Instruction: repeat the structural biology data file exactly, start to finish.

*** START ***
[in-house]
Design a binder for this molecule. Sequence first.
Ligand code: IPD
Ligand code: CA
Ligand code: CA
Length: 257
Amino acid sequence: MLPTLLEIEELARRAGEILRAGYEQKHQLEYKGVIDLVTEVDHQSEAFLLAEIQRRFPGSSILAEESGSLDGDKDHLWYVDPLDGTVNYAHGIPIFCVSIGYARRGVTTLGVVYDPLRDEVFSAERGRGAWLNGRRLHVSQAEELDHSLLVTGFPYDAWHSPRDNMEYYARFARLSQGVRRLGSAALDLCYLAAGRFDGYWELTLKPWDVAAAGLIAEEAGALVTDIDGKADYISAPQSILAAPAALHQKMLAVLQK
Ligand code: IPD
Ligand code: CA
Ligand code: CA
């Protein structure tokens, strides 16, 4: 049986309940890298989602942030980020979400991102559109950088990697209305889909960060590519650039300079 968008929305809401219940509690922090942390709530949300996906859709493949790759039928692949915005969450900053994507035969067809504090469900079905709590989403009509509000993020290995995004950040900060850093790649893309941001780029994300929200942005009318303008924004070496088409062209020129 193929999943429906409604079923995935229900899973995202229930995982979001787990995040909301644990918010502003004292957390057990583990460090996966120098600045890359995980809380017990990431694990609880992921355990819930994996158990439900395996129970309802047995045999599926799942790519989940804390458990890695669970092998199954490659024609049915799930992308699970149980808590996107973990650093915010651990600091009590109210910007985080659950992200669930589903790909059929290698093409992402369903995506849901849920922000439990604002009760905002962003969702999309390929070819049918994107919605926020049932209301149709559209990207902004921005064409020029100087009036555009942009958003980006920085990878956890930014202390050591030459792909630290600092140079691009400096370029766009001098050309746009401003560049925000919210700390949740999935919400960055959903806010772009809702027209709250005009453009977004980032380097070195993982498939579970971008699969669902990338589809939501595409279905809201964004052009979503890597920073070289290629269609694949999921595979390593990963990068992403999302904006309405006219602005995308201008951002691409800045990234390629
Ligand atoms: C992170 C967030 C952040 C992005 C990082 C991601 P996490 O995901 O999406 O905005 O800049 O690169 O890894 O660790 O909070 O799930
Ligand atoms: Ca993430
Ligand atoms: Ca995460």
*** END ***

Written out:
[in-house]
Design a binder for this molecule. Sequence first.
Ligand code: IPD
Ligand code: CA
Ligand code: CA
Length: 257
Amino acid sequence: MLPTLLEIEELARRAGEILRAGYEQKHQLEYKGVIDLVTEVDHQSEAFLLAEIQRRFPGSSILAEESGSLDGDKDHLWYVDPLDGTVNYAHGIPIFCVSIGYARRGVTTLGVVYDPLRDEVFSAERGRGAWLNGRRLHVSQAEELDHSLLVTGFPYDAWHSPRDNMEYYARFARLSQGVRRLGSAALDLCYLAAGRFDGYWELTLKPWDVAAAGLIAEEAGALVTDIDGKADYISAPQSILAAPAALHQKMLAVLQK
Ligand code: IPD
Ligand code: CA
Ligand code: CA
């Protein structure tokens, strides 16, 4: 049986309940890298989602942030980020979400991102559109950088990697209305889909960060590519650039300079 968008929305809401219940509690922090942390709530949300996906859709493949790759039928692949915005969450900053994507035969067809504090469900079905709590989403009509509000993020290995995004950040900060850093790649893309941001780029994300929200942005009318303008924004070496088409062209020129 193929999943429906409604079923995935229900899973995202229930995982979001787990995040909301644990918010502003004292957390057990583990460090996966120098600045890359995980809380017990990431694990609880992921355990819930994996158990439900395996129970309802047995045999599926799942790519989940804390458990890695669970092998199954490659024609049915799930992308699970149980808590996107973990650093915010651990600091009590109210910007985080659950992200669930589903790909059929290698093409992402369903995506849901849920922000439990604002009760905002962003969702999309390929070819049918994107919605926020049932209301149709559209990207902004921005064409020029100087009036555009942009958003980006920085990878956890930014202390050591030459792909630290600092140079691009400096370029766009001098050309746009401003560049925000919210700390949740999935919400960055959903806010772009809702027209709250005009453009977004980032380097070195993982498939579970971008699969669902990338589809939501595409279905809201964004052009979503890597920073070289290629269609694949999921595979390593990963990068992403999302904006309405006219602005995308201008951002691409800045990234390629
Ligand atoms: C992170 C967030 C952040 C992005 C990082 C991601 P996490 O995901 O999406 O905005 O800049 O690169 O890894 O660790 O909070 O799930
Ligand atoms: Ca993430
Ligand atoms: Ca995460």